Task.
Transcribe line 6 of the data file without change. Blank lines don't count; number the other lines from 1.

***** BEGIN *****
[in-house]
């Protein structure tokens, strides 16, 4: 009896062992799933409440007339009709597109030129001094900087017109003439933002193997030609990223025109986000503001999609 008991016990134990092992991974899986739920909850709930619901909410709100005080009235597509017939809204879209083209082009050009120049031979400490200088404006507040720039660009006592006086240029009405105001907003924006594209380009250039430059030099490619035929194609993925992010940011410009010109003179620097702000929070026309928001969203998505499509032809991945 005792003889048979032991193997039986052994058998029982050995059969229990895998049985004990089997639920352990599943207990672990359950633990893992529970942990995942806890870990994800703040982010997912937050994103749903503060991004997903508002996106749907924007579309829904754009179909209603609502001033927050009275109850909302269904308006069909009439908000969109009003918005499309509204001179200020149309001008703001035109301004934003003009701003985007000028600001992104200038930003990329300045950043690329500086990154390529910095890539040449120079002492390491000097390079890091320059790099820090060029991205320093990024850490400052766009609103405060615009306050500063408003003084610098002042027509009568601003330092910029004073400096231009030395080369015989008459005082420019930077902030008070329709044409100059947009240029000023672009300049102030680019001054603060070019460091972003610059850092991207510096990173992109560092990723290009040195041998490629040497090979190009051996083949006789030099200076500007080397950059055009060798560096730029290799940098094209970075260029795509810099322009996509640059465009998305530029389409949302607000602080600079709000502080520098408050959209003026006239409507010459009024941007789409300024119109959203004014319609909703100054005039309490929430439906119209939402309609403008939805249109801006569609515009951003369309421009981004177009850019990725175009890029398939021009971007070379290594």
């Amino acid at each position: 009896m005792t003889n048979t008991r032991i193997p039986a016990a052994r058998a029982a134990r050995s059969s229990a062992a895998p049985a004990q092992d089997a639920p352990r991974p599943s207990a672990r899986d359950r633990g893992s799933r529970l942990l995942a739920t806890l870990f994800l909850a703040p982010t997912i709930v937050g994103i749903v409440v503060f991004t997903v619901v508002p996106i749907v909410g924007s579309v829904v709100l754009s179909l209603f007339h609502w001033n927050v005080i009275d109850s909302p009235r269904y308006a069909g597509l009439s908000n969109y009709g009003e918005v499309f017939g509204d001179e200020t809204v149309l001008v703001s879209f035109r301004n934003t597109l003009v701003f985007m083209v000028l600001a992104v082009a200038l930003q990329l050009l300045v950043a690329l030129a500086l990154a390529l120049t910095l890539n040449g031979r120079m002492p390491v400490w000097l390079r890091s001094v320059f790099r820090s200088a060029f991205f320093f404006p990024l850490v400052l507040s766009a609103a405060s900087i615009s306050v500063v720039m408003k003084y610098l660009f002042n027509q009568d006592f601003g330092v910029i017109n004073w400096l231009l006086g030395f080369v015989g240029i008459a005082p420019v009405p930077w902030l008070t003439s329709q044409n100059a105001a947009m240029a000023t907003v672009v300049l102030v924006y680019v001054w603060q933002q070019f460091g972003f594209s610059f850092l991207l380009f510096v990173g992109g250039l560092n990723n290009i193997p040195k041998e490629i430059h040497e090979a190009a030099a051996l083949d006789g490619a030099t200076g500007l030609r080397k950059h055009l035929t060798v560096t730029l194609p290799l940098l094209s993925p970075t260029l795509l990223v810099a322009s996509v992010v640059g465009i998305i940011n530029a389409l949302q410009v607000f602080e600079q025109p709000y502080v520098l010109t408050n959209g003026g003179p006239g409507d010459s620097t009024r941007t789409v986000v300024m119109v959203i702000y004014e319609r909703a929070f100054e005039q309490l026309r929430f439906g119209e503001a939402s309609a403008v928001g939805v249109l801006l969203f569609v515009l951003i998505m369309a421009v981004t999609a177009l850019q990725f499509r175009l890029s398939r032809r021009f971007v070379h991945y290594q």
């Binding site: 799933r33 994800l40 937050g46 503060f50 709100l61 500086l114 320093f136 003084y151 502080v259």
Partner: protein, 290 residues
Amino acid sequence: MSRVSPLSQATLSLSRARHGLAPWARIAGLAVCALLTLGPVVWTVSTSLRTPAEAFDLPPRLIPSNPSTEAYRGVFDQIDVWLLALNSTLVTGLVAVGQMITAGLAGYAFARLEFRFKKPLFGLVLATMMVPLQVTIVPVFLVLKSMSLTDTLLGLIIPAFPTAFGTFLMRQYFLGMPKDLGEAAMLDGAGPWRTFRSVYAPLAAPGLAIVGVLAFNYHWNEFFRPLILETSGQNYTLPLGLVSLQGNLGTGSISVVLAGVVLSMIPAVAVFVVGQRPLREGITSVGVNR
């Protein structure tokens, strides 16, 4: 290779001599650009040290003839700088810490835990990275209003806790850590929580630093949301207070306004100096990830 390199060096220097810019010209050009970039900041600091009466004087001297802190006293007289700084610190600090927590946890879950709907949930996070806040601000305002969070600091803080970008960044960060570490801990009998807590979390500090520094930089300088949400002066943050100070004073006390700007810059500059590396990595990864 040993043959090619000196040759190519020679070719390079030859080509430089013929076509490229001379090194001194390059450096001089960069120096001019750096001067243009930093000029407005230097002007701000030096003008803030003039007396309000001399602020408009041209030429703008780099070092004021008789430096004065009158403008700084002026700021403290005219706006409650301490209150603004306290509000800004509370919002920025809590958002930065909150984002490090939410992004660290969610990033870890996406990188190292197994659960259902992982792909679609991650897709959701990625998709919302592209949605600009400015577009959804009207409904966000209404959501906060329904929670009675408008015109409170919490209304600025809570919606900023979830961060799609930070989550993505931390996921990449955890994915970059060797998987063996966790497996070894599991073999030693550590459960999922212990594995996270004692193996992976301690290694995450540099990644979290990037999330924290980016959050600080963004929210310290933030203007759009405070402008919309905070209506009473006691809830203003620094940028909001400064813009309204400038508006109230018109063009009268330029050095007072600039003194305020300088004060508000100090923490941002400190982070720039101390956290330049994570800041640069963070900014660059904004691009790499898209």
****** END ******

Amino acid sequence: MSRVSPLSQATLSLSRARHGLAPWARIAGLAVCALLTLGPVVWTVSTSLRTPAEAFDLPPRLIPSNPSTEAYRGVFDQIDVWLLALNSTLVTGLVAVGQMITAGLAGYAFARLEFRFKKPLFGLVLATMMVPLQVTIVPVFLVLKSMSLTDTLLGLIIPAFPTAFGTFLMRQYFLGMPKDLGEAAMLDGAGPWRTFRSVYAPLAAPGLAIVGVLAFNYHWNEFFRPLILETSGQNYTLPLGLVSLQGNLGTGSISVVLAGVVLSMIPAVAVFVVGQRPLREGITSVGVNR